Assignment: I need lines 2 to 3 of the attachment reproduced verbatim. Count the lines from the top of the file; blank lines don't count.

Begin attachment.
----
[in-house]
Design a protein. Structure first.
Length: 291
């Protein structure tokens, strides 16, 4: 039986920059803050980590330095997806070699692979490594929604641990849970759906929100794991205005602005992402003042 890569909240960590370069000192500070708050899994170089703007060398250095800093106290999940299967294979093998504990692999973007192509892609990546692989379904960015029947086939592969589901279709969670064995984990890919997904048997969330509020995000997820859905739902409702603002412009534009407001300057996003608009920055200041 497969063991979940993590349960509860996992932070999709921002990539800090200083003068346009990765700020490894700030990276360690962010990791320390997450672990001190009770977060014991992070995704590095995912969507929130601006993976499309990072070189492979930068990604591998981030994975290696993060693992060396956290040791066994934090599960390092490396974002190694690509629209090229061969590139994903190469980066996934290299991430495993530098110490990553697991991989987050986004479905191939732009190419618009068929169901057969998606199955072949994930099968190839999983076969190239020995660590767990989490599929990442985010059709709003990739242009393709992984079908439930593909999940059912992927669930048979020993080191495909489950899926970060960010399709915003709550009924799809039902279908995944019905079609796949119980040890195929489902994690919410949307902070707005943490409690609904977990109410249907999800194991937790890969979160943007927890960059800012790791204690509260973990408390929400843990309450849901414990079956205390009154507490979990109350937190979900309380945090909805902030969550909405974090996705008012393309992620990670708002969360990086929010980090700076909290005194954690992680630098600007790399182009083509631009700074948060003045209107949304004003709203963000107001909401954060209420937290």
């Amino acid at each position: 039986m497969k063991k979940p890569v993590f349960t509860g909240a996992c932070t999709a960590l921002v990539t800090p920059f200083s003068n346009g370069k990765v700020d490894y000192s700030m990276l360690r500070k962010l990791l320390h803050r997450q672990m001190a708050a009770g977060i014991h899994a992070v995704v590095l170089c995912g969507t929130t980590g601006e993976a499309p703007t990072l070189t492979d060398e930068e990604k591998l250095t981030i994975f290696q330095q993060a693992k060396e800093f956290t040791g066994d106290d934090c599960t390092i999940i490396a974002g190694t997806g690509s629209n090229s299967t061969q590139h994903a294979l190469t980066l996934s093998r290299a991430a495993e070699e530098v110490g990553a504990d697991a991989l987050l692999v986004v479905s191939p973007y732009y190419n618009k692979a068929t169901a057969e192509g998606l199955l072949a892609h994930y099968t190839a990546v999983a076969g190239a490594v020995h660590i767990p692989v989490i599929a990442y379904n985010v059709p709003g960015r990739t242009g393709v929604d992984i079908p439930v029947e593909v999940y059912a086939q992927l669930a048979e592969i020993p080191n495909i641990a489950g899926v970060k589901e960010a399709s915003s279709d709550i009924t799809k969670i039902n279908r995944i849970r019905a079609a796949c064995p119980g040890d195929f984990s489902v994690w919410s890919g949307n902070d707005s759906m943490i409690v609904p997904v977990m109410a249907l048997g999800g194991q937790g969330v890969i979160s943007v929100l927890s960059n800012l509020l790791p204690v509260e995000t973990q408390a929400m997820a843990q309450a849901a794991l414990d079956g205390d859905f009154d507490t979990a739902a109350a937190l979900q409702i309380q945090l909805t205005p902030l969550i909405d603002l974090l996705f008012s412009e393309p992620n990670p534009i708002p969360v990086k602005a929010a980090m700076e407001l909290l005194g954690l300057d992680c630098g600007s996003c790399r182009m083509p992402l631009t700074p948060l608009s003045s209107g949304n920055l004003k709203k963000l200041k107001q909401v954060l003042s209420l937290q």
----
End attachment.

Design a protein. Structure first.
Length: 291